Scoping work and understanding internal users’ needs
It turns out that the work I’ve been most interested in since starting at the Canada Revenue Agency has been focused internally.
They’re the projects that haven’t been really clearly defined. A request comes in, and then as we start to investigate, more layers reveal themselves. The scoping and framing becomes the bigger unknown.
When we are confident in our craft and processes, it can be easy to rush in. We conduct user testing. We prototype screens. We report on results. We know how to do these things efficiently.
But sometimes the bigger question is why. Are we confident that we’re focusing on the right thing? How do we believe our work will impact our users?
On some projects, we’re still working on a by-request basis. But if you know me, you know that the last thing I want to be is an ‘order-taker’.
Rather, my goal is to support programs in gathering data about current user behaviour and challenges. That can help them recognize the need for improvement. [Should we do something]
Then once that need is identified, we can kick off more specific research focusing on what specifically should be improved. [What should we do]
Then design happens, and we test again, so we can be confident that our design solution is an improvement. [Did we do it right]
If we wait too long until a request comes in, we may find that someone is already attached to a specific solution, and it can be hard to make the case to take a step back to perform generative/exploratory research.
So I like coming in early. But sometimes that means making the case for why we need to do research. (If you don’t know yet that you need to do something, why do research?)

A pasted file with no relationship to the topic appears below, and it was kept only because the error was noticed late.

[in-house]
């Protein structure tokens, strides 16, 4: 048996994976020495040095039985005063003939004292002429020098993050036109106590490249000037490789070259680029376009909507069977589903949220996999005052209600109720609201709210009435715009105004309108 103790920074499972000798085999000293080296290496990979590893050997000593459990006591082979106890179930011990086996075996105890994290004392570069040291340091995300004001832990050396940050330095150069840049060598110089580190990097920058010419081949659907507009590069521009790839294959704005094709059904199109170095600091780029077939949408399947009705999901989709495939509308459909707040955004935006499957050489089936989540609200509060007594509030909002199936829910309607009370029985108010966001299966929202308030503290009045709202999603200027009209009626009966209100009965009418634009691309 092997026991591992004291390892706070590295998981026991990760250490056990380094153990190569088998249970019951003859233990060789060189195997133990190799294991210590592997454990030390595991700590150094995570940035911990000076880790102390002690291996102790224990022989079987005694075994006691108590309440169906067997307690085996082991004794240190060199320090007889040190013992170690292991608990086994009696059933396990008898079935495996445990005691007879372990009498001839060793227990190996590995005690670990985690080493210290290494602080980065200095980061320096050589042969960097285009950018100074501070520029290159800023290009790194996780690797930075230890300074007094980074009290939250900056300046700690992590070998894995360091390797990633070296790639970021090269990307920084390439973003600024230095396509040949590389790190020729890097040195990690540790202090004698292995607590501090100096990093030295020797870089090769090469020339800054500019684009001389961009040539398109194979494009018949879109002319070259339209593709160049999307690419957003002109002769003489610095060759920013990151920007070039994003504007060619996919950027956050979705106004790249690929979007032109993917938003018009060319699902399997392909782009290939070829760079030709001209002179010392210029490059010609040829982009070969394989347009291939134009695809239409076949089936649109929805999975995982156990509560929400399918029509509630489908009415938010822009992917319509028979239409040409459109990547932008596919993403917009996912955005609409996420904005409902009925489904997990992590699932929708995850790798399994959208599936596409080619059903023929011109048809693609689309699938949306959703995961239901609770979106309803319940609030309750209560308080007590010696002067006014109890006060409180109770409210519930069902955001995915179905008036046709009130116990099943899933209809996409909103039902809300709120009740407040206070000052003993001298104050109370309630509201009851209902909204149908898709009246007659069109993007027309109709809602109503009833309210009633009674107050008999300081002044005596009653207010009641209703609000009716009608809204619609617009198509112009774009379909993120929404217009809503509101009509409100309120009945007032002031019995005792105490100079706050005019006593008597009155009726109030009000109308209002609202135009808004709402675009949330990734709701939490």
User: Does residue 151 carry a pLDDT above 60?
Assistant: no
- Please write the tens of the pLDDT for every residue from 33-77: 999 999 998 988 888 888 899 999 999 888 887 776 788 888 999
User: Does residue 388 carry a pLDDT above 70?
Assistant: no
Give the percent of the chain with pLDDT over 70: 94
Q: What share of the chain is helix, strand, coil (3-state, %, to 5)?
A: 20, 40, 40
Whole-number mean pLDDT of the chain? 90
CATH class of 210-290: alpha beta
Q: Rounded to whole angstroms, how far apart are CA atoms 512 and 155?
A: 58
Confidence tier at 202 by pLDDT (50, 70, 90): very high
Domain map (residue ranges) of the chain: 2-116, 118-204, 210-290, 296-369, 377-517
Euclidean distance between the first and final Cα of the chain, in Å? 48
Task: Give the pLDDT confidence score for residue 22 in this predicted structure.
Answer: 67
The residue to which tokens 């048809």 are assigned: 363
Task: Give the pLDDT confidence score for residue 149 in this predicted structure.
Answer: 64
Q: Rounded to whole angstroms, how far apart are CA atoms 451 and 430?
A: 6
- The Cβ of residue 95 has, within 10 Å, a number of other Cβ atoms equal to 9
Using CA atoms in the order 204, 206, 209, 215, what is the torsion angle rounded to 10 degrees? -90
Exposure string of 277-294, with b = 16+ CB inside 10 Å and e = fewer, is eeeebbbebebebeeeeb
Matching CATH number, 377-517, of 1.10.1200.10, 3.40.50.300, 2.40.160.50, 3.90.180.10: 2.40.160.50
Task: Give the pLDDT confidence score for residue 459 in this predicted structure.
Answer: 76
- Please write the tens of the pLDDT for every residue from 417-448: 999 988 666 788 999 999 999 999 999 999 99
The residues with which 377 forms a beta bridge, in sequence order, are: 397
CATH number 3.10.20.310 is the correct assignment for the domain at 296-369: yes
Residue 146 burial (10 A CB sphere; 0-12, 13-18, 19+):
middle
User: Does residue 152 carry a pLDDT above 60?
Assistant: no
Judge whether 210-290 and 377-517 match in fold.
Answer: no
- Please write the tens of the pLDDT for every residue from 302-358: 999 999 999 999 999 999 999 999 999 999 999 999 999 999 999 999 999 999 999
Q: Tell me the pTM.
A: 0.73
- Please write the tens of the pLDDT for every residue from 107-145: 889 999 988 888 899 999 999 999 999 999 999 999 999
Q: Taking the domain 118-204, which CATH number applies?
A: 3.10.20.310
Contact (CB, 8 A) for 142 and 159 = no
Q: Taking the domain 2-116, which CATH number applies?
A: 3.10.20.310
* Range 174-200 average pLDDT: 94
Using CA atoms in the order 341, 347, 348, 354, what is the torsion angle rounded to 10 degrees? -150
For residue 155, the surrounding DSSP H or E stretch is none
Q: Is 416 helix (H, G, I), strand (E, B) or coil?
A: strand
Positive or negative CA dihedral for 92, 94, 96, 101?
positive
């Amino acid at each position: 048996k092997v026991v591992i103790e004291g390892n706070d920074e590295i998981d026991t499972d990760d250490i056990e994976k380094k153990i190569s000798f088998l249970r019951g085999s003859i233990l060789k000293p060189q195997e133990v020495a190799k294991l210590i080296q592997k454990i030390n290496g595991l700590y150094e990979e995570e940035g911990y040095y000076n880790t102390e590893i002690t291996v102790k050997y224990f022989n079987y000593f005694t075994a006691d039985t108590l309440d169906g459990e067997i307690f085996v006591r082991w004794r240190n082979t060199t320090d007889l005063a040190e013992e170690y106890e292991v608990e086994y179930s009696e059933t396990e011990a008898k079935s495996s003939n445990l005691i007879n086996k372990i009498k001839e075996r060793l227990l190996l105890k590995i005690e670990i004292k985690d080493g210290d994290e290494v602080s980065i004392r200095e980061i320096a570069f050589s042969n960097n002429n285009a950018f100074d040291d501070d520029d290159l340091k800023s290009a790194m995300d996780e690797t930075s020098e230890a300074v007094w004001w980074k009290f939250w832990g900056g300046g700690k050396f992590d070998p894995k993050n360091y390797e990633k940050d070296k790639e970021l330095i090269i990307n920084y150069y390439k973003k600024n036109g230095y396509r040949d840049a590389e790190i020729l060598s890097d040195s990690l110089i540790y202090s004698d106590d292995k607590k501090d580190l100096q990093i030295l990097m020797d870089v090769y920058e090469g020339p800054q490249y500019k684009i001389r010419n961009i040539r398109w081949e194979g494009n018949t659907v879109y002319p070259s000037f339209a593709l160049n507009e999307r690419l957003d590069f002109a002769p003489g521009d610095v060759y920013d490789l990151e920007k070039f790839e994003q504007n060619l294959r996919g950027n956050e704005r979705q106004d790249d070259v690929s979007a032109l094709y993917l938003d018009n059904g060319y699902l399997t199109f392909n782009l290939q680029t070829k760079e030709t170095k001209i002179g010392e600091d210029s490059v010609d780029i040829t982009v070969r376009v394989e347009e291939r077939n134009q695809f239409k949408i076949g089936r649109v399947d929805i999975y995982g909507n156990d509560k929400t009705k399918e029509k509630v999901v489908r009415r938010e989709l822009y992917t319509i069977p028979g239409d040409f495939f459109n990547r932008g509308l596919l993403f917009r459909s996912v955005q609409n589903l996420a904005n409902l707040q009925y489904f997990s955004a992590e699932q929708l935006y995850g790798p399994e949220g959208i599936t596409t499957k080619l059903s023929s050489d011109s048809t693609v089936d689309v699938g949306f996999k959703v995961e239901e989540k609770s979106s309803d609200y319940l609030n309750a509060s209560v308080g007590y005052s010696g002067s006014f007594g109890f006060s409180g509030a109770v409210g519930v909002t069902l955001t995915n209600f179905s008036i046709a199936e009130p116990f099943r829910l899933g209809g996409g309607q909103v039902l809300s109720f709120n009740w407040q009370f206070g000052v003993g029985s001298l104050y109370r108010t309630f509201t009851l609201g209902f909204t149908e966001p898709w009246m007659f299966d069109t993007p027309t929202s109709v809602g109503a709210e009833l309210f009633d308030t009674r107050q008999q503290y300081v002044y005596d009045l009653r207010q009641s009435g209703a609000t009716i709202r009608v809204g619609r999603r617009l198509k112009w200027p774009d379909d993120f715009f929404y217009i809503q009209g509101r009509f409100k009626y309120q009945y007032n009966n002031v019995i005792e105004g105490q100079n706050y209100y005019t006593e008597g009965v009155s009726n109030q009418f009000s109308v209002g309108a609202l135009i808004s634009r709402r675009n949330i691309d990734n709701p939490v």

I’m doing my best to overcome objections before they even arise:
- We can handle a lot of this, so the barrier of “we don’t have time” is overcome.
- This isn’t a commitment to change, it’s simply data-gathering. We are starting to collect information, which will make it easier when it does come time to spin up a project.
Having these sorts of conversations reminds me of my time at Worldways, when I was often working with clients who were far more concerned with achieving public health outcomes than the nuance of what we were doing with their web presence. The focus was on how we could help them be successful, without adding too much (work or risk) to their plate.
When we’re passionate about our field, it can be easy to get excited about the nuance: to educate on the how. But that’s just how we make the (veggie) sausage. We need to be sure we’re keeping focused on what is important to our internal clients.
Of course, it’s not always that easy. On another project I’m on, I’m struggling because my user-oriented focus doesn’t really resonate with what they’re looking for. They are focused on de-risking a possible tech solution: they’re way down in the “are we doing it right” stage, and looking at it through a tech feasibility lens.
The challenge here is how much to try to sell something the client doesn’t want. If the biggest risk to a project is technical feasibility, then that should be the focus. We shouldn’t just jump to the approaches we know and believe they’ll bring us success. To use a weak analogy (because I’m also making dinner while typing this), we can’t assume that just because we throw certain ingredients into a pot, they’re always going to result in a good meal.
So yeah, so far the projects that have been the most compelling so far are the ones where the role of UX hasn’t been clear-cut. Instead, its more about intake: understanding what the team is dealing with, and identifying ways we may be able to help.
It’s a far cry from mocking up wireframes in a design tool, and I kinda love it :-)